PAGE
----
The rally moved outside for speeches, MC-ed by Heidi, who started out by asking for shouts from all the different groups represented. My God! It was amazing. COGS-UE (the grad student union, who have been terrific about letting us use their office and are generally a nifty bunch of people whom I’ll be joining next year) had their own little rallying cry going: “Who’re we? UE!” And the steelworkers–wow! Not to mention all the other unions who’ve come out, and various current and former City Council members (some of whom came to visit us yesterday, too–shouts out to Karen Kubby, Steve Kanner, and Irvin Pfab!). I should mention that the City Council has decided to do some looking into where City apparel is manufacturing. (Or did I say that already?) Anyway, we’re spreading.
Well, we all made a lot of noise outside of Jessup, and we heard some great speeches–a few notable lines (sorry for the lack of attribution in some cases; I’ll happily add it if anyone can remember):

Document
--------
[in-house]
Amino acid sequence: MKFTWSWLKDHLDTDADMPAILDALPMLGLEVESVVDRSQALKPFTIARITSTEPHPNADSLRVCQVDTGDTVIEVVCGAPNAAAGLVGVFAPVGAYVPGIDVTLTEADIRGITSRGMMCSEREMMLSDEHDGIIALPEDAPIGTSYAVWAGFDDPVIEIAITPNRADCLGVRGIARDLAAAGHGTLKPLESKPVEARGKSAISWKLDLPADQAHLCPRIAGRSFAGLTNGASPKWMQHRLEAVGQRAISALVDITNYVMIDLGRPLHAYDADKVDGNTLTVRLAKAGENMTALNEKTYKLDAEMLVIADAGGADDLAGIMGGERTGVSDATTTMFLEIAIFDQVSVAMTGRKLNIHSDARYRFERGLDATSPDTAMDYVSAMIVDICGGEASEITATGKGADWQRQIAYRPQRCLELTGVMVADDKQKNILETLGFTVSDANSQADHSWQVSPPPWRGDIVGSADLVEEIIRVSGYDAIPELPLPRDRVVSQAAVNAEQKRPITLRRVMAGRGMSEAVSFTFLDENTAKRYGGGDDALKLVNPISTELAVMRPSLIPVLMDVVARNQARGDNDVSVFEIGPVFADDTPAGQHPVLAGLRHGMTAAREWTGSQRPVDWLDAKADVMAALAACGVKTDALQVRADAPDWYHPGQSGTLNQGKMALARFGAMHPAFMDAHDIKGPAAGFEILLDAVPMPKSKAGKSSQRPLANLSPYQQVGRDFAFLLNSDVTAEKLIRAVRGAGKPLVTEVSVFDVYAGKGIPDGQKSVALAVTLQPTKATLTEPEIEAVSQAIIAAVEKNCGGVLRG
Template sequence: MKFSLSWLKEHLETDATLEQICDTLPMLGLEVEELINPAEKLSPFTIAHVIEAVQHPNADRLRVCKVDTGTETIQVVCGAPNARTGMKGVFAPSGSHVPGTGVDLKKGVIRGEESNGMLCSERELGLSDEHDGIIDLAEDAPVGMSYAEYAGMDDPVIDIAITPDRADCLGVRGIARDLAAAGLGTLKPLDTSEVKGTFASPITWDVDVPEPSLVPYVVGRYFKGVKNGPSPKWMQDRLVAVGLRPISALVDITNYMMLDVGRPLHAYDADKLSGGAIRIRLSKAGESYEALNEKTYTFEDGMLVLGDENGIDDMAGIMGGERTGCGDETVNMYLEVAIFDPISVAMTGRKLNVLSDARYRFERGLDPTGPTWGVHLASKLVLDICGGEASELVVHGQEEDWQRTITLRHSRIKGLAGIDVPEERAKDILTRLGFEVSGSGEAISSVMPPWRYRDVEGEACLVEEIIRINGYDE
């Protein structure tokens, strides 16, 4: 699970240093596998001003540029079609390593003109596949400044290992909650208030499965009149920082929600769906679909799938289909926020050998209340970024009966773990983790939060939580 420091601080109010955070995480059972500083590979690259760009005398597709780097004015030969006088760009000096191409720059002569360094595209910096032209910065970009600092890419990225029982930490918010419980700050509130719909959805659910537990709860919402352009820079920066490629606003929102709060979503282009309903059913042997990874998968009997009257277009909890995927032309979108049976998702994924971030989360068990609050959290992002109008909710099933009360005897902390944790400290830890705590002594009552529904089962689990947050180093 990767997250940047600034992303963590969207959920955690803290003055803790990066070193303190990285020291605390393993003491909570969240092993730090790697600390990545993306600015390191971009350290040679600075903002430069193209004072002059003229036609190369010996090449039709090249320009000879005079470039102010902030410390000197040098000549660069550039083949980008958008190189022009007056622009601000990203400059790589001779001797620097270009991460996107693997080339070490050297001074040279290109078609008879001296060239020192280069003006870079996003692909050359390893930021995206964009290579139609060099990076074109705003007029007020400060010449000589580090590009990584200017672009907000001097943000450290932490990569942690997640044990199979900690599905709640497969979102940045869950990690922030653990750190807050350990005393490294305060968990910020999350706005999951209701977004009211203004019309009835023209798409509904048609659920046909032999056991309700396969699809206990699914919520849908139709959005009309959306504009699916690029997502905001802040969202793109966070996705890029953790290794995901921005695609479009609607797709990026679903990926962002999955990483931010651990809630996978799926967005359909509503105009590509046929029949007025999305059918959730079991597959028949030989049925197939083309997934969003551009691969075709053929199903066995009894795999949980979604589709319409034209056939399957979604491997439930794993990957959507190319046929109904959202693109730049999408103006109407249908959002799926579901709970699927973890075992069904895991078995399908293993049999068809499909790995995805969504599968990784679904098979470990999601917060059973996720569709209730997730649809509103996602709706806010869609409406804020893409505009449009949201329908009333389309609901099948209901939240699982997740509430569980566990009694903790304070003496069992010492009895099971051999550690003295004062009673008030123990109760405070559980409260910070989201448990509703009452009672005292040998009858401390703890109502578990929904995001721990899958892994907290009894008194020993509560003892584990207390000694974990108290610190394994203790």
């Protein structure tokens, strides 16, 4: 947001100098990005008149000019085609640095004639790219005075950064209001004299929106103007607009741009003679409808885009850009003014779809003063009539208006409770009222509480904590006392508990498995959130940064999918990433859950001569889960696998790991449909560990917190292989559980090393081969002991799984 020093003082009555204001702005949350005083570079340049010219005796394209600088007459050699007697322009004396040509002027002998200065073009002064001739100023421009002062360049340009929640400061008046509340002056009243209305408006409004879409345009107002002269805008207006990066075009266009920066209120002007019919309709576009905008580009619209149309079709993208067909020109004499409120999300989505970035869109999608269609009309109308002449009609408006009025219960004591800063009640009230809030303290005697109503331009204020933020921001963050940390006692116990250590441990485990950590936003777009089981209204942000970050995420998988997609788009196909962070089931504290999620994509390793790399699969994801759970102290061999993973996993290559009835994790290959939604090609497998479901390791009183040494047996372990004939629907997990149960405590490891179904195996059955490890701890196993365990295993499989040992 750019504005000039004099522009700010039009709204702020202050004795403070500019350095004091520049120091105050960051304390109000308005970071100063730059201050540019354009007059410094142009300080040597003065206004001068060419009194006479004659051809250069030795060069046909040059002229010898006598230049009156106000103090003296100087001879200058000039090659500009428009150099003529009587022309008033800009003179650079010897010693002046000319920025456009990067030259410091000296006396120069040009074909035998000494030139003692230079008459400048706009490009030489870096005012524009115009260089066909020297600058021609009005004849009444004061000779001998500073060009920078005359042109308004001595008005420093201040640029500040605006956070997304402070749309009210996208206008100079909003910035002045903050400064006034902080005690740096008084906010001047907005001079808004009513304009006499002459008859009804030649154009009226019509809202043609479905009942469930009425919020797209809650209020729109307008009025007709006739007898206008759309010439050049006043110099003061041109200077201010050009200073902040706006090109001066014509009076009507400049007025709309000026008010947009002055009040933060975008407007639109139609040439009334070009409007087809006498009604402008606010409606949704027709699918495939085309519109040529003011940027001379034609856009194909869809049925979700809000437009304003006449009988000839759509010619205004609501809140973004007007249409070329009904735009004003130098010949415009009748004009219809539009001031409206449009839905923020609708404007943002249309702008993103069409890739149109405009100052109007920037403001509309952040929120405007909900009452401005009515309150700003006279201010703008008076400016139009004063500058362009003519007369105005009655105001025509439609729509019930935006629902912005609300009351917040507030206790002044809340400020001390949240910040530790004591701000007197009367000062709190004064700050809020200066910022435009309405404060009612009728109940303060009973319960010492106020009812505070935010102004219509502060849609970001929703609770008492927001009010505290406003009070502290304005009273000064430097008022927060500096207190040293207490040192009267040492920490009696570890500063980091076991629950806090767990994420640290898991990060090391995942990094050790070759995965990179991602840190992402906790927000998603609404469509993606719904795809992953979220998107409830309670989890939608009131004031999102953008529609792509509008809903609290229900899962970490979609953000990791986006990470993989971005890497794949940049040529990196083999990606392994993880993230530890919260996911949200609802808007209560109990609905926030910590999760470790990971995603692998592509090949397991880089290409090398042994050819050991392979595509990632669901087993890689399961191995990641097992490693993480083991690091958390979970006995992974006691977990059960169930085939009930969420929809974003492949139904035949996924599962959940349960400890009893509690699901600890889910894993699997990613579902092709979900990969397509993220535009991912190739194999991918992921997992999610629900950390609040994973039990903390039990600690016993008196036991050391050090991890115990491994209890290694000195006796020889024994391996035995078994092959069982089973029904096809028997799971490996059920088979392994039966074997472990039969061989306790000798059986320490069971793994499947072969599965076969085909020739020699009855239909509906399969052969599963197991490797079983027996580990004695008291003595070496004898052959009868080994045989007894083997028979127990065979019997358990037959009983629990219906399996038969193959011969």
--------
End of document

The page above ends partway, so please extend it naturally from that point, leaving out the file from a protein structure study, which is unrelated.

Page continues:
- Back in my day, the teachers taught the students. But nowadays, it’s the students teaching the administration!
- And what is the definition of a corporation? A body without a soul! (Greta Anderson)
- Thanks again to the steelworkers! (Everyone)
We even got a new old labor song, specially adapted for us by
the guy Patrick Hughes from the Iowa City Federation of Labor (sorry I’m blanking on names again!!!)
And then Heidi said, “Well, we’re thinking about taking a little walk, since we haven’t seen Mary Sue all day. . . want to go over to her house?”
So we all marched the five or six blocks to her house, chanting about Mary Sue=Kathy Lee and the old standbys of Hey hey, ho ho, sweatshop labor’s got to go (changed by some to “has to go”–probably the same people who changed the Pennsylvania state license plate motto from “You’ve Got a Friend in Pennsylvania” to “Keystone State,” whatever the hell that means) and Workers United Will Never Be Divided and Hey, Herky, take a stand, living wages we demand and of course Here, there, everywhere, sweatshops make your underwear!